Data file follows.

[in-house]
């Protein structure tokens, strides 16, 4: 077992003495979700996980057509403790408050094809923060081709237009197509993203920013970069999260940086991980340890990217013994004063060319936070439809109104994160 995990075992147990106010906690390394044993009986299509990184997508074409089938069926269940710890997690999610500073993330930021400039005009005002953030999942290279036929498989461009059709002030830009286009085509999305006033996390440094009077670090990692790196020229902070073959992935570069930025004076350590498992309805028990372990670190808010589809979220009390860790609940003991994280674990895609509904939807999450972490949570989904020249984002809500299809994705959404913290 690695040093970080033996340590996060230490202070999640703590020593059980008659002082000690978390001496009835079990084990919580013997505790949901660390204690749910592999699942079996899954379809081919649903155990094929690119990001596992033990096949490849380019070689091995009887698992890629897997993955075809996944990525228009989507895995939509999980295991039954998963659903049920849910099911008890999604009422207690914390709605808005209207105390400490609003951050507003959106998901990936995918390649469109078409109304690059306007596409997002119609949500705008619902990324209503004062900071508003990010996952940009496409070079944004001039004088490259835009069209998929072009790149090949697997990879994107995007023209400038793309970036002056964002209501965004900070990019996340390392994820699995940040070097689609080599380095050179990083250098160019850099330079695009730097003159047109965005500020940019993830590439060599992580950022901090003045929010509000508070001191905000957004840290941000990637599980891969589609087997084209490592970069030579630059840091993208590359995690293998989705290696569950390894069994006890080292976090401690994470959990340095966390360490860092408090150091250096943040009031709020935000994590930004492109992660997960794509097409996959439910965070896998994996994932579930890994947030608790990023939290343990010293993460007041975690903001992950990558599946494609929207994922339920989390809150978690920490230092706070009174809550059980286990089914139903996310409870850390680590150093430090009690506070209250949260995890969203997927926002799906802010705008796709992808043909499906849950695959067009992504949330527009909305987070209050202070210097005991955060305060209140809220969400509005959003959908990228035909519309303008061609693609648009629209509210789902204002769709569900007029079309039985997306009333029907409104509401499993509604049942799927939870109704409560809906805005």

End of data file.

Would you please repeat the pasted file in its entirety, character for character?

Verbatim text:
[in-house]
């Protein structure tokens, strides 16, 4: 077992003495979700996980057509403790408050094809923060081709237009197509993203920013970069999260940086991980340890990217013994004063060319936070439809109104994160 995990075992147990106010906690390394044993009986299509990184997508074409089938069926269940710890997690999610500073993330930021400039005009005002953030999942290279036929498989461009059709002030830009286009085509999305006033996390440094009077670090990692790196020229902070073959992935570069930025004076350590498992309805028990372990670190808010589809979220009390860790609940003991994280674990895609509904939807999450972490949570989904020249984002809500299809994705959404913290 690695040093970080033996340590996060230490202070999640703590020593059980008659002082000690978390001496009835079990084990919580013997505790949901660390204690749910592999699942079996899954379809081919649903155990094929690119990001596992033990096949490849380019070689091995009887698992890629897997993955075809996944990525228009989507895995939509999980295991039954998963659903049920849910099911008890999604009422207690914390709605808005209207105390400490609003951050507003959106998901990936995918390649469109078409109304690059306007596409997002119609949500705008619902990324209503004062900071508003990010996952940009496409070079944004001039004088490259835009069209998929072009790149090949697997990879994107995007023209400038793309970036002056964002209501965004900070990019996340390392994820699995940040070097689609080599380095050179990083250098160019850099330079695009730097003159047109965005500020940019993830590439060599992580950022901090003045929010509000508070001191905000957004840290941000990637599980891969589609087997084209490592970069030579630059840091993208590359995690293998989705290696569950390894069994006890080292976090401690994470959990340095966390360490860092408090150091250096943040009031709020935000994590930004492109992660997960794509097409996959439910965070896998994996994932579930890994947030608790990023939290343990010293993460007041975690903001992950990558599946494609929207994922339920989390809150978690920490230092706070009174809550059980286990089914139903996310409870850390680590150093430090009690506070209250949260995890969203997927926002799906802010705008796709992808043909499906849950695959067009992504949330527009909305987070209050202070210097005991955060305060209140809220969400509005959003959908990228035909519309303008061609693609648009629209509210789902204002769709569900007029079309039985997306009333029907409104509401499993509604049942799927939870109704409560809906805005």